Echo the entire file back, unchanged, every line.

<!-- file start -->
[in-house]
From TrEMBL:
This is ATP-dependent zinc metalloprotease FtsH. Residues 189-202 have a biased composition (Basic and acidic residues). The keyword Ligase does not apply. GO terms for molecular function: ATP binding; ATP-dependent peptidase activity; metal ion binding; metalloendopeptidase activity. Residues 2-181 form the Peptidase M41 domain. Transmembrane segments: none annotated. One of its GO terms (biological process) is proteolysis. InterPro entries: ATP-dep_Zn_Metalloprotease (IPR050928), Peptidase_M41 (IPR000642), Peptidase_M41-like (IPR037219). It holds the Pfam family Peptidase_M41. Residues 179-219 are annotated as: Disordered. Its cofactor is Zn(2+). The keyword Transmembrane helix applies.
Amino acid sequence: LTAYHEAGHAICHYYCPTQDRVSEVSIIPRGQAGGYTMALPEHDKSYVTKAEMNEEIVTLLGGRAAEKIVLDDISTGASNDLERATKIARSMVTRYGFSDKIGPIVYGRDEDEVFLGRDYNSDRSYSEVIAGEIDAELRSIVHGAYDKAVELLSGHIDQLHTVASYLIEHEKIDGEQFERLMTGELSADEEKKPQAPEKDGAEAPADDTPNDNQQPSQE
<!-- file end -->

[in-house]
From TrEMBL:
This is ATP-dependent zinc metalloprotease FtsH. Residues 189-202 have a biased composition (Basic and acidic residues). The keyword Ligase does not apply. GO terms for molecular function: ATP binding; ATP-dependent peptidase activity; metal ion binding; metalloendopeptidase activity. Residues 2-181 form the Peptidase M41 domain. Transmembrane segments: none annotated. One of its GO terms (biological process) is proteolysis. InterPro entries: ATP-dep_Zn_Metalloprotease (IPR050928), Peptidase_M41 (IPR000642), Peptidase_M41-like (IPR037219). It holds the Pfam family Peptidase_M41. Residues 179-219 are annotated as: Disordered. Its cofactor is Zn(2+). The keyword Transmembrane helix applies.
Amino acid sequence: LTAYHEAGHAICHYYCPTQDRVSEVSIIPRGQAGGYTMALPEHDKSYVTKAEMNEEIVTLLGGRAAEKIVLDDISTGASNDLERATKIARSMVTRYGFSDKIGPIVYGRDEDEVFLGRDYNSDRSYSEVIAGEIDAELRSIVHGAYDKAVELLSGHIDQLHTVASYLIEHEKIDGEQFERLMTGELSADEEKKPQAPEKDGAEAPADDTPNDNQQPSQE